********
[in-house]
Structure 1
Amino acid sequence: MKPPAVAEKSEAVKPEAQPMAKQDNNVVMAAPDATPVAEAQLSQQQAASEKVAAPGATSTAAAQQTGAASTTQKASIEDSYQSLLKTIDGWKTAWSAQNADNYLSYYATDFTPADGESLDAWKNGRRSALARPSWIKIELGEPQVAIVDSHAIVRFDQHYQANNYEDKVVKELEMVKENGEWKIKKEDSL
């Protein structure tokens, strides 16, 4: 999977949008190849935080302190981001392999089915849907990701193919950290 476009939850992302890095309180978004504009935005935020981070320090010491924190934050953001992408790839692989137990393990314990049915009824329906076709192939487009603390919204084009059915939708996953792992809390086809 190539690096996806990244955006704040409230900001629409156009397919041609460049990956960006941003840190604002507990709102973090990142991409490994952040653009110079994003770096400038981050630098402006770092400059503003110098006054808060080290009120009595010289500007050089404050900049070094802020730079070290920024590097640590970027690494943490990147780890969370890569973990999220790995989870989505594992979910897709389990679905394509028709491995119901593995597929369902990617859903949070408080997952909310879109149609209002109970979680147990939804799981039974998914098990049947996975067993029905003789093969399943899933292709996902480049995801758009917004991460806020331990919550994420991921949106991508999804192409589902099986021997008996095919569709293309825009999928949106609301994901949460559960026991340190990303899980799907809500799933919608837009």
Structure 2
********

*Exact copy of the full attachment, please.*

[in-house]
Structure 1
Amino acid sequence: MKPPAVAEKSEAVKPEAQPMAKQDNNVVMAAPDATPVAEAQLSQQQAASEKVAAPGATSTAAAQQTGAASTTQKASIEDSYQSLLKTIDGWKTAWSAQNADNYLSYYATDFTPADGESLDAWKNGRRSALARPSWIKIELGEPQVAIVDSHAIVRFDQHYQANNYEDKVVKELEMVKENGEWKIKKEDSL
């Protein structure tokens, strides 16, 4: 999977949008190849935080302190981001392999089915849907990701193919950290 476009939850992302890095309180978004504009935005935020981070320090010491924190934050953001992408790839692989137990393990314990049915009824329906076709192939487009603390919204084009059915939708996953792992809390086809 190539690096996806990244955006704040409230900001629409156009397919041609460049990956960006941003840190604002507990709102973090990142991409490994952040653009110079994003770096400038981050630098402006770092400059503003110098006054808060080290009120009595010289500007050089404050900049070094802020730079070290920024590097640590970027690494943490990147780890969370890569973990999220790995989870989505594992979910897709389990679905394509028709491995119901593995597929369902990617859903949070408080997952909310879109149609209002109970979680147990939804799981039974998914098990049947996975067993029905003789093969399943899933292709996902480049995801758009917004991460806020331990919550994420991921949106991508999804192409589902099986021997008996095919569709293309825009999928949106609301994901949460559960026991340190990303899980799907809500799933919608837009």
Structure 2